John Tilbury plays Samuel Beckett
John Tilbury, Christina Jones, Eddie Prevost, Sebastian Lexer
MRCD62, matchless recordings, 2005


John Tilbury plays Samuel Beckett - Review by Brian Olewnick on

It’s bad enough that this 2005 release had escaped my notice until recently but, worse, I fail to find almost any reviews of it on-line at all. Perhaps the WIRE covered it (I wouldn’t know, having given up on the magazine some three years ago), but I’m surprised and distressed that this recording, apparently, isn’t more widely known because it’s damned excellent.

I’m anything but an expert with regard to Beckett readings; I know the writing reasonably well (though, among other things, these performances reminded me that I need to re-delve into them) and have heard a handful of audio interpretations over the years. There’s an example of “Cascando” available for download on Ubuweb, a 1979 performance with recitation by Joseph J. Casallini which, despite some fine trumpet contributions from Leslie Dalaba, exemplifies the sort of histrionics that seem to be the first resort of Beckett interpreters where a plunge into third-rate gibbering is the option requiring the least amount of thought. Not so with Tilbury.

Two performances here, “Cascando” and “Rough for Radio 1”. On the former, Tilbury is responsible for both the music and oral interpretation, with electronic enhancement by Sebastian Lexer. He begins breathlessly, an edge of impending panic in his voice yet still retaining the veneer of civilization, the reluctance to squarely face any real horror. Two “voices” overlap, one (the Opener) calmer, viewing the activity with a detached objectivity while the main voice pants and gasps, pleading to Woburn, a friend or maybe an imaginary character. Crucially, and differently from the Casallini rendition, the listener believes in Tilbury’s character creations as palpable, self-reflective persons. They seem reasonable in this context of mental degradation and irrationality. More, his pianistic interludes accent the dichotomies of the text, seamlessly migrating from the placidly serene to the agitatedly disturbed but never going for the easy mark. An interesting comparison, especially with regard to the character of the Opener, is Fredric Rzewski’s superb “De Profundis” where Oscar Wilde’s text is given a similar reading, with intriguingly similar evoked psychological aspects. Only the slightest rise in anxiety level toward the conclusion of the track indicates the likely trend of events subsequent to these particular words, the performance all the more moving and profoundly sad for this degree of reticence.

“Rough for Radio 1” is in two sections, the first a dialogue between Macgillycuddy and a visiting woman (here spoken by Christina Jones), a black comedy of impatience and frustration. The man is bothered by some source of incessant noise, presumably a radio, about which the woman displays unwanted curiosity. He reluctantly accedes to her prodding, annoyed at her inability to follow his precise directions vis a vis knob twirling (“To the right, madam!” is repeatedly enunciated by Tilbury, to admittedly droll effect), but teetering back and forth between aggravation and an unspoken desire for company. Musical contributions, mostly electronic and percussive in nature, are provided by Tilbury, Lexer and Eddie Prevost, again excellently and appropriately. “You like that, then?” she asks. “It has become a need”, he answers. As she departs and sarcastically tells him, “I’ll leave you…to your needs” he once again says, with a new meaning, “To the right, madam. That’s the house garbage!” The scene then switches rather drastically. While it’s the same Macgillycuddy on the telephone, the cool reserve of the first section has entirely evaporated and we hear him desperately seeking medical advice. He becomes increasingly frantic (“Most urgent! Most urgent!”), but that undercurrent of politeness and self-regard never quite disappears, providing exactly the right balance of tension between frenzy and image-consciousness that could easily disappear in a more baroque, over-the-top rendition. Not to make too flippant a comparison, but by virtue of a performance like this, one comes to recognize and appreciate the deeper levels in characters like John Cleese’s Basil Fawlty. The closing words, the bowing to the inevitable, “Tomorrow…noon.” are perhaps more pitiable than chilling, more a concession to the day-to-day dullness and drear of Macgillycuddy’s existence than anything else.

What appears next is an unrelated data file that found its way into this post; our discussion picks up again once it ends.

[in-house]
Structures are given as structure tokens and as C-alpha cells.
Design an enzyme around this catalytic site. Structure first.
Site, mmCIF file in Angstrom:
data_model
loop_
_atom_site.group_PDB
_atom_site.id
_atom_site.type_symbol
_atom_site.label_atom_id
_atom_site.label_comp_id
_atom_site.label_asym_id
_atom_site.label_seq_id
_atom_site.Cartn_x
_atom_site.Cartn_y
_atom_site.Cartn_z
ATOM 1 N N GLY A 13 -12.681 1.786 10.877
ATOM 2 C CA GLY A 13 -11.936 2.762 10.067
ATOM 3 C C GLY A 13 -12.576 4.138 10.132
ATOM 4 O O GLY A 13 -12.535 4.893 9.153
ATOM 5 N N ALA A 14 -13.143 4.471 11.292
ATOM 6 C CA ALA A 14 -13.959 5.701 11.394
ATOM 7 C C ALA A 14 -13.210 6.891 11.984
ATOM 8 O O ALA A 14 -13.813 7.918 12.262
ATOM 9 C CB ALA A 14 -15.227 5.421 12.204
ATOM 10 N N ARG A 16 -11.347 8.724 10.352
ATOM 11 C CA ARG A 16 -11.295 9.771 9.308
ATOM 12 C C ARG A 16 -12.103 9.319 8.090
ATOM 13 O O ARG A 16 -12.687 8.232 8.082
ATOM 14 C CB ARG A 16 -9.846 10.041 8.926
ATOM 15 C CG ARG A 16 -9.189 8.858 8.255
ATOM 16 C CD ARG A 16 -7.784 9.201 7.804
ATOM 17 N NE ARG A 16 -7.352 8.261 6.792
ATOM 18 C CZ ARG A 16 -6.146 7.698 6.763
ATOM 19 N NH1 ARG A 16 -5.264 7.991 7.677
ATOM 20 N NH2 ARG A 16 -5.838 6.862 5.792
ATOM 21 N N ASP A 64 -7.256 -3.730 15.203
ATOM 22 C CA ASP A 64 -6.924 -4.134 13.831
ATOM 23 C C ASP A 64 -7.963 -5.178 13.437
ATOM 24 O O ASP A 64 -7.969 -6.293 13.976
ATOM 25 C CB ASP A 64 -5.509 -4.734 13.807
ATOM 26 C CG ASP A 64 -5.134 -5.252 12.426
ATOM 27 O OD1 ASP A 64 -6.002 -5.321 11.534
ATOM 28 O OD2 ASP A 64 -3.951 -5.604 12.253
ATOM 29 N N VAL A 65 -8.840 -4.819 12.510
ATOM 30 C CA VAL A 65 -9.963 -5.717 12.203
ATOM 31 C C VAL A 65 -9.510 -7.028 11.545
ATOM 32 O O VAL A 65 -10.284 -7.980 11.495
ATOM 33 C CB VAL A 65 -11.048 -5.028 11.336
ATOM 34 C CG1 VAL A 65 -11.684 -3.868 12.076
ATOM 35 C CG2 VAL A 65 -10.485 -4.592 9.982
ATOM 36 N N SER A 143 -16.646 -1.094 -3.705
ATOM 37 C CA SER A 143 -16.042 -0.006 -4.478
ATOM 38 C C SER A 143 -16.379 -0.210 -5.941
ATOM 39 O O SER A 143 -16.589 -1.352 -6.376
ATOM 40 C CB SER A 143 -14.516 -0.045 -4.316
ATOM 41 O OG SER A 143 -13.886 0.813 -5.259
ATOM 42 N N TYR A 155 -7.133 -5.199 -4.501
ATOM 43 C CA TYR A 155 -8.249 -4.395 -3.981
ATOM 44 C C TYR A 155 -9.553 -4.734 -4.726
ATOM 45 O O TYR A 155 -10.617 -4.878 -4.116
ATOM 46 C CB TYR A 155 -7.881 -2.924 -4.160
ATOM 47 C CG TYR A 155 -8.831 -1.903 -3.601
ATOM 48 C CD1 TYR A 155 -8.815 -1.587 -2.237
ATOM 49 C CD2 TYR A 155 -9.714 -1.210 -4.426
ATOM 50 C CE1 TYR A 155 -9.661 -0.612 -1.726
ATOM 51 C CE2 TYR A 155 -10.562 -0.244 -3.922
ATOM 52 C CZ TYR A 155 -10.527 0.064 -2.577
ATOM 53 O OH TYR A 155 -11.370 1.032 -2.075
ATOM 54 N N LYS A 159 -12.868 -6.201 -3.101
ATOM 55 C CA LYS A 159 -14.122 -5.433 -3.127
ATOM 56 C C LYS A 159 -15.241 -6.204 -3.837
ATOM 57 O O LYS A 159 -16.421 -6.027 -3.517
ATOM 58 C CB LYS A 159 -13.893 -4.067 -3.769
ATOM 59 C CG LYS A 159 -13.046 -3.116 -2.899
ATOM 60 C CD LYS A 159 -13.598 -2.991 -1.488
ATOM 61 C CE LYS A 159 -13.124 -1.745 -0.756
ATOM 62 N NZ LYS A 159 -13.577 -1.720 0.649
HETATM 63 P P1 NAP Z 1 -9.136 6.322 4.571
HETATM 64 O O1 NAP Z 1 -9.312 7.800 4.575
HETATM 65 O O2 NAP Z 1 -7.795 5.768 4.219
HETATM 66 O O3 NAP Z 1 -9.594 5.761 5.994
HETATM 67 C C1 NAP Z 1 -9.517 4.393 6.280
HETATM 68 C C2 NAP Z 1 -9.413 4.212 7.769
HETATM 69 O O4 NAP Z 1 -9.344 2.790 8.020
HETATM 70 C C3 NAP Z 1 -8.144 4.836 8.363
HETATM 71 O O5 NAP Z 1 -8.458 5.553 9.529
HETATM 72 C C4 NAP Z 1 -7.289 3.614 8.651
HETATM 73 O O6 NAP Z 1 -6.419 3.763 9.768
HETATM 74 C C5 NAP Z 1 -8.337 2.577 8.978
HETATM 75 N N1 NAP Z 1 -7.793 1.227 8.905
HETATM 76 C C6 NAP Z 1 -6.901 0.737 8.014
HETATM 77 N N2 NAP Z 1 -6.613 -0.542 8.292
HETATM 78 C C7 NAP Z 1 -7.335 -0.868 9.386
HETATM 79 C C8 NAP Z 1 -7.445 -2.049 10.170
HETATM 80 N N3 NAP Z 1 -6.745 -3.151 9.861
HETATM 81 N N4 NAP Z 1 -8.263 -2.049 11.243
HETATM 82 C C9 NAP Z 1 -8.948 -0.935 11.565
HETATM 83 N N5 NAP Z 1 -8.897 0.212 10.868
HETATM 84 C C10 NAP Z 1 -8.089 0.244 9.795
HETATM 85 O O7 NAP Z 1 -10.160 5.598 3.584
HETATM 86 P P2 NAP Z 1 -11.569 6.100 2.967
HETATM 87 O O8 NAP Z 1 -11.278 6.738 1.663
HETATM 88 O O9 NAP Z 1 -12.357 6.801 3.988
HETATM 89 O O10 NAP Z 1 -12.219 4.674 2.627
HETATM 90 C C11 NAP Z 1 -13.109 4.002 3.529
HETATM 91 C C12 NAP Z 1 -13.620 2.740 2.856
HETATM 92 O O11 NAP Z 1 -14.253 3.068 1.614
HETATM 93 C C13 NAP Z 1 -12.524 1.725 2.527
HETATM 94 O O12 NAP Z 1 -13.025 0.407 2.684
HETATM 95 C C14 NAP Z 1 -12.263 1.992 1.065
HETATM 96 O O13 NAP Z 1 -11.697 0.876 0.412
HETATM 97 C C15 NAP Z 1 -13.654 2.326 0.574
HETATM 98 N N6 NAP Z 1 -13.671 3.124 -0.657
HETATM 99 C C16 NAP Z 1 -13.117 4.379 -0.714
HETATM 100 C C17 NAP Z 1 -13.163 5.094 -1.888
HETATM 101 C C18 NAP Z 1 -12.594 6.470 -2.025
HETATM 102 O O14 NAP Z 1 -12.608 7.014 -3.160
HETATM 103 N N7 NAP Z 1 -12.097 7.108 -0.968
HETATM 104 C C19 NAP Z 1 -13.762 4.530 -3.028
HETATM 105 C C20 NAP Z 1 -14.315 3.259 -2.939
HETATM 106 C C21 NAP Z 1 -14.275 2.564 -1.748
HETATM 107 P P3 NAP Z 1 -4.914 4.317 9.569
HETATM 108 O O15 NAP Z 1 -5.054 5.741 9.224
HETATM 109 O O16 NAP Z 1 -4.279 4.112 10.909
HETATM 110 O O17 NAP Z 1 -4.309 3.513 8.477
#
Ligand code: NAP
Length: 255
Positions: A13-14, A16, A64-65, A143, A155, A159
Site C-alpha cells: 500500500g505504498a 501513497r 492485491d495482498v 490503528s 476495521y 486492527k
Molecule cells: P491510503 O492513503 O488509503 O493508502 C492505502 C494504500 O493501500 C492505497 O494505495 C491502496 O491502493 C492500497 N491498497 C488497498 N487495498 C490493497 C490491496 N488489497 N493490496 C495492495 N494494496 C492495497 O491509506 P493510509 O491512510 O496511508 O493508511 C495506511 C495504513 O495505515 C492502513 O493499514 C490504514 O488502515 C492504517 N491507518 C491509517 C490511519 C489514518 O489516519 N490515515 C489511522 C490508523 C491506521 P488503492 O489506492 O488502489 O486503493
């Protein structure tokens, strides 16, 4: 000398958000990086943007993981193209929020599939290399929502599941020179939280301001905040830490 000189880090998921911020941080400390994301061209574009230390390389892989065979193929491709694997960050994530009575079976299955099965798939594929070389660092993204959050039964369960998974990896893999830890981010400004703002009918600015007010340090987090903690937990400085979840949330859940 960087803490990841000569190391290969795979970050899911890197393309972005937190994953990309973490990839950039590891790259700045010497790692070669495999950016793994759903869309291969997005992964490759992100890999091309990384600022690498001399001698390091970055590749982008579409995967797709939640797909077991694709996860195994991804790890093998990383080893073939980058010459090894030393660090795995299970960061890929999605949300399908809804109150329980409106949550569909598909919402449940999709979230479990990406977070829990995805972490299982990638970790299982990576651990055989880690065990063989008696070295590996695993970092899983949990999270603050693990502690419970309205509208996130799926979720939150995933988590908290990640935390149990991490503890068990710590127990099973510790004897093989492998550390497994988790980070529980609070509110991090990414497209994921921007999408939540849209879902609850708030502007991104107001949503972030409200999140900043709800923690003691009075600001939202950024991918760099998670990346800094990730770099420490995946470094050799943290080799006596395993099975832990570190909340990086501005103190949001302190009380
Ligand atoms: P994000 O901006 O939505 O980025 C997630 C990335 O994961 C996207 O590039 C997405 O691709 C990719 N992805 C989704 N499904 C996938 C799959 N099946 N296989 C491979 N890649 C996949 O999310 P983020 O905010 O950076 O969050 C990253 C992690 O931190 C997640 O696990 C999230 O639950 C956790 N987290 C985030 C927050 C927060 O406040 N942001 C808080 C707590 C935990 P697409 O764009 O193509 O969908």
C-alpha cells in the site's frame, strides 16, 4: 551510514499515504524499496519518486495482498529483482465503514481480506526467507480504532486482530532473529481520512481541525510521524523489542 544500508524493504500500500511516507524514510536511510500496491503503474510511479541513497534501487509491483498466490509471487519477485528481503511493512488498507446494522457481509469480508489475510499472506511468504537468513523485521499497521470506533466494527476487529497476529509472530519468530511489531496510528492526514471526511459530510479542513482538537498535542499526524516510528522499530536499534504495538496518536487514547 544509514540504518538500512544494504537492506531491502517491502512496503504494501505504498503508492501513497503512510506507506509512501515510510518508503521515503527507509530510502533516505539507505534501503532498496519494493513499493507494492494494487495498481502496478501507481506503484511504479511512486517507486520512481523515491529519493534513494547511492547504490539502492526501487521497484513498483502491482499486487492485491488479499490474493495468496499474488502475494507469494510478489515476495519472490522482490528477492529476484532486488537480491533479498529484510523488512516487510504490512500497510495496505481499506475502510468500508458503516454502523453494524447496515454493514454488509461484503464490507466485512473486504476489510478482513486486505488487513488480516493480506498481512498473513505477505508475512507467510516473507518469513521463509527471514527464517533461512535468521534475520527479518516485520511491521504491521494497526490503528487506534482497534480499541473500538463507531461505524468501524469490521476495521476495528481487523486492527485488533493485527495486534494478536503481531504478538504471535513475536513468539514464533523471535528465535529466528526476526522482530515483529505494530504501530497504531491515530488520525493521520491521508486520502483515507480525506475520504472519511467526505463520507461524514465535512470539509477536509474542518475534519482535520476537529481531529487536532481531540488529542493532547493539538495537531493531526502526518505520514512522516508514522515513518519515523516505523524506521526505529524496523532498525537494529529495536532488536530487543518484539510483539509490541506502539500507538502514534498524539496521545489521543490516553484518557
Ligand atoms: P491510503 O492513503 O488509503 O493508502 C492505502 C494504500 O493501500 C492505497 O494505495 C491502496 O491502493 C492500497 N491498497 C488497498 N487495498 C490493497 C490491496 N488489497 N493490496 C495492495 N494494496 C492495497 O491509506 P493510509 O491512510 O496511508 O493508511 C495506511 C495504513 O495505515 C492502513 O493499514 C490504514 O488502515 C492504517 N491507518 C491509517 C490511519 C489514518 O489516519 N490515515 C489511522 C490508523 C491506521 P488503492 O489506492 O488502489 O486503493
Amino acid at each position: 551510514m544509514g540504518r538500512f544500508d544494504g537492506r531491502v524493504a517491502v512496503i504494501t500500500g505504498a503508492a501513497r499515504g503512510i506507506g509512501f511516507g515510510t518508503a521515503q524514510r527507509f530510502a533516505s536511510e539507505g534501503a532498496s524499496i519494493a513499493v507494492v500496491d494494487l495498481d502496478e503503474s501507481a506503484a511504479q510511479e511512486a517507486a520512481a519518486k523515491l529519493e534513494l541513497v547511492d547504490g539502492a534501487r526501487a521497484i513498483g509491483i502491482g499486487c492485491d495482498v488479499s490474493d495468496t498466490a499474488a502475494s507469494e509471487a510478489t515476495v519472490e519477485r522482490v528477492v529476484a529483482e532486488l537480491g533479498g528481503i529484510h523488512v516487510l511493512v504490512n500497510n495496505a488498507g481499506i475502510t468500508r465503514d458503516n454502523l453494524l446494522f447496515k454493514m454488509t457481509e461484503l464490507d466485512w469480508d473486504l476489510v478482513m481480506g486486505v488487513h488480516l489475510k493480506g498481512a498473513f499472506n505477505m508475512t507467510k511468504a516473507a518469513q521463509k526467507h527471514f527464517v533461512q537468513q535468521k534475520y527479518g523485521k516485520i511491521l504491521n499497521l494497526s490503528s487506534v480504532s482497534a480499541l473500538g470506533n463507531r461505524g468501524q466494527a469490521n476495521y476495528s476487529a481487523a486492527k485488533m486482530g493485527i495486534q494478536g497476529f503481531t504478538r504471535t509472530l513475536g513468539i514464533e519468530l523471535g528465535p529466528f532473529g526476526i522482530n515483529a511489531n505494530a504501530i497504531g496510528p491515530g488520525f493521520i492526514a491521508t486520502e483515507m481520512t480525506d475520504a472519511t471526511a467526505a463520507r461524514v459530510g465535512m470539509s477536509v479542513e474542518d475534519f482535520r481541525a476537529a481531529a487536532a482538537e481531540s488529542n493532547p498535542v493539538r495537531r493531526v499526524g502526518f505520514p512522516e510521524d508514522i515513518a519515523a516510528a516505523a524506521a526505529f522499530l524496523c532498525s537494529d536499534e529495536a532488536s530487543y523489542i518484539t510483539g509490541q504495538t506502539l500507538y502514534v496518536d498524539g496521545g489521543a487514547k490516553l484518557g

Two exquisite, disturbing performances, one singular release. Now, in addition to there being no one I’d rather hear interpret Cage or Feldman, I tentatively add Beckett to that august list.